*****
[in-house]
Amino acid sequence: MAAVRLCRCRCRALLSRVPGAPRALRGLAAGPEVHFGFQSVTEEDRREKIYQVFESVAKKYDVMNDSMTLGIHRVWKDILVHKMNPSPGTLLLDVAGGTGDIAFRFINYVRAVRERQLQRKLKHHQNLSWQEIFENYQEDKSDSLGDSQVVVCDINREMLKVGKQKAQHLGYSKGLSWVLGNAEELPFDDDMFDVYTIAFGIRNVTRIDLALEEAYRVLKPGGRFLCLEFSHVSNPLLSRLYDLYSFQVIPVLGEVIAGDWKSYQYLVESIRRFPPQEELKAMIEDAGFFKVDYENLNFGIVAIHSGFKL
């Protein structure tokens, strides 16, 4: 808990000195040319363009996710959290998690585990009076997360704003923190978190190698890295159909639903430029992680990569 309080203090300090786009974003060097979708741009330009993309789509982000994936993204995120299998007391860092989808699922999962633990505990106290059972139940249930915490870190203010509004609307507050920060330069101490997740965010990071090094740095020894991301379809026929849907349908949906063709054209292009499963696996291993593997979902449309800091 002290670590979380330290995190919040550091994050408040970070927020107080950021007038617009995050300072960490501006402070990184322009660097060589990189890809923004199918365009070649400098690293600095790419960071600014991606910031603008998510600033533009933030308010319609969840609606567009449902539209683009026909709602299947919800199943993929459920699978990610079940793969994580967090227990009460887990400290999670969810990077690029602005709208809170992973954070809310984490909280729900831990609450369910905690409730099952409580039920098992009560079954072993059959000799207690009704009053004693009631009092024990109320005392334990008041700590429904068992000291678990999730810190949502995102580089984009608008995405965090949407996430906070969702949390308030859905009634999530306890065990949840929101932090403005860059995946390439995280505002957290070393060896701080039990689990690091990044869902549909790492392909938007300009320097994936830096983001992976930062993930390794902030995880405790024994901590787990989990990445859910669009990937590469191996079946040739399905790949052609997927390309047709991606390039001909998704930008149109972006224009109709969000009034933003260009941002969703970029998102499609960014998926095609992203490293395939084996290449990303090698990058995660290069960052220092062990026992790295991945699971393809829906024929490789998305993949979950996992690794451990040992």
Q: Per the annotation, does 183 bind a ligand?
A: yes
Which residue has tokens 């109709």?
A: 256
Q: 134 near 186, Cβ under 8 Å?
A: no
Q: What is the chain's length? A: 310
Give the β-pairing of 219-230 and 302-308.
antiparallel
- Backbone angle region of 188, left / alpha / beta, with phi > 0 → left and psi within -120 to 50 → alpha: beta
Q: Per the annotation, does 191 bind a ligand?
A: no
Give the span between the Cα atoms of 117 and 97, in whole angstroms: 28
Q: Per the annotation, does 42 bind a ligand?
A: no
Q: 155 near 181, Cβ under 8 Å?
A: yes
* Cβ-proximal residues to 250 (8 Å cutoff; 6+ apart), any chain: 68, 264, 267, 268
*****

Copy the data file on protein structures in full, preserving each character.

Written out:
[in-house]
Amino acid sequence: MAAVRLCRCRCRALLSRVPGAPRALRGLAAGPEVHFGFQSVTEEDRREKIYQVFESVAKKYDVMNDSMTLGIHRVWKDILVHKMNPSPGTLLLDVAGGTGDIAFRFINYVRAVRERQLQRKLKHHQNLSWQEIFENYQEDKSDSLGDSQVVVCDINREMLKVGKQKAQHLGYSKGLSWVLGNAEELPFDDDMFDVYTIAFGIRNVTRIDLALEEAYRVLKPGGRFLCLEFSHVSNPLLSRLYDLYSFQVIPVLGEVIAGDWKSYQYLVESIRRFPPQEELKAMIEDAGFFKVDYENLNFGIVAIHSGFKL
């Protein structure tokens, strides 16, 4: 808990000195040319363009996710959290998690585990009076997360704003923190978190190698890295159909639903430029992680990569 309080203090300090786009974003060097979708741009330009993309789509982000994936993204995120299998007391860092989808699922999962633990505990106290059972139940249930915490870190203010509004609307507050920060330069101490997740965010990071090094740095020894991301379809026929849907349908949906063709054209292009499963696996291993593997979902449309800091 002290670590979380330290995190919040550091994050408040970070927020107080950021007038617009995050300072960490501006402070990184322009660097060589990189890809923004199918365009070649400098690293600095790419960071600014991606910031603008998510600033533009933030308010319609969840609606567009449902539209683009026909709602299947919800199943993929459920699978990610079940793969994580967090227990009460887990400290999670969810990077690029602005709208809170992973954070809310984490909280729900831990609450369910905690409730099952409580039920098992009560079954072993059959000799207690009704009053004693009631009092024990109320005392334990008041700590429904068992000291678990999730810190949502995102580089984009608008995405965090949407996430906070969702949390308030859905009634999530306890065990949840929101932090403005860059995946390439995280505002957290070393060896701080039990689990690091990044869902549909790492392909938007300009320097994936830096983001992976930062993930390794902030995880405790024994901590787990989990990445859910669009990937590469191996079946040739399905790949052609997927390309047709991606390039001909998704930008149109972006224009109709969000009034933003260009941002969703970029998102499609960014998926095609992203490293395939084996290449990303090698990058995660290069960052220092062990026992790295991945699971393809829906024929490789998305993949979950996992690794451990040992």
Q: Per the annotation, does 183 bind a ligand?
A: yes
Which residue has tokens 């109709």?
A: 256
Q: 134 near 186, Cβ under 8 Å?
A: no
Q: What is the chain's length? A: 310
Give the β-pairing of 219-230 and 302-308.
antiparallel
- Backbone angle region of 188, left / alpha / beta, with phi > 0 → left and psi within -120 to 50 → alpha: beta
Q: Per the annotation, does 191 bind a ligand?
A: no
Give the span between the Cα atoms of 117 and 97, in whole angstroms: 28
Q: Per the annotation, does 42 bind a ligand?
A: no
Q: 155 near 181, Cβ under 8 Å?
A: yes
* Cβ-proximal residues to 250 (8 Å cutoff; 6+ apart), any chain: 68, 264, 267, 268